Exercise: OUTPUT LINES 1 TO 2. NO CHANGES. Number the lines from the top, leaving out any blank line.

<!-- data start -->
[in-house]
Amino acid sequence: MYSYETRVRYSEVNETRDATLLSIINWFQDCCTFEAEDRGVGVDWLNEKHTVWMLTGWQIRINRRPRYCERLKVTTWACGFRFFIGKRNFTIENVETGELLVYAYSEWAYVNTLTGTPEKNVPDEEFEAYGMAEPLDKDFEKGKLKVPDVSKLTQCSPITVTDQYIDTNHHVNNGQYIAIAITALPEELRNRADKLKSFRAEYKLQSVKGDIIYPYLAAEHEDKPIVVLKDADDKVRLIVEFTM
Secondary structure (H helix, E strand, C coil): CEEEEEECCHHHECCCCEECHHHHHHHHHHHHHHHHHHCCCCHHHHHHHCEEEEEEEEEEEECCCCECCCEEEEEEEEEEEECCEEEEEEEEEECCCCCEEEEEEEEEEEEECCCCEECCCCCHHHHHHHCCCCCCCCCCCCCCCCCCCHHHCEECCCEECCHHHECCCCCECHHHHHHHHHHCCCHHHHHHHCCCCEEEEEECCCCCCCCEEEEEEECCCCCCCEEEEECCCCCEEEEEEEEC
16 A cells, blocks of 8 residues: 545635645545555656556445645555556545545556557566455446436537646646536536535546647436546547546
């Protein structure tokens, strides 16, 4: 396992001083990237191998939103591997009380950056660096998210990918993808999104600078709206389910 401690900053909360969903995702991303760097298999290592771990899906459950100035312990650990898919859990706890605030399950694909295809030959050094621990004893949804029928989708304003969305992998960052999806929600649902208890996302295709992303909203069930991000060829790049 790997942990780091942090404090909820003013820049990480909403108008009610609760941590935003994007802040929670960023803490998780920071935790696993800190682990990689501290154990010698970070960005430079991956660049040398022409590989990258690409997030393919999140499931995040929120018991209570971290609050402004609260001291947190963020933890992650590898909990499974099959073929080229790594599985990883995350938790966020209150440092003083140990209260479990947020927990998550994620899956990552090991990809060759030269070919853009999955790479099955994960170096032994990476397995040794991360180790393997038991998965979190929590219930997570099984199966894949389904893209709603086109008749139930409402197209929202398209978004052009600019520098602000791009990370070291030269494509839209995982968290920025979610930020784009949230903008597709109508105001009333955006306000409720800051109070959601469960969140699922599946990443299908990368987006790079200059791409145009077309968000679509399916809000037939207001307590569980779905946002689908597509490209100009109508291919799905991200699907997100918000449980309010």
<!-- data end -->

[in-house]
Amino acid sequence: MYSYETRVRYSEVNETRDATLLSIINWFQDCCTFEAEDRGVGVDWLNEKHTVWMLTGWQIRINRRPRYCERLKVTTWACGFRFFIGKRNFTIENVETGELLVYAYSEWAYVNTLTGTPEKNVPDEEFEAYGMAEPLDKDFEKGKLKVPDVSKLTQCSPITVTDQYIDTNHHVNNGQYIAIAITALPEELRNRADKLKSFRAEYKLQSVKGDIIYPYLAAEHEDKPIVVLKDADDKVRLIVEFTM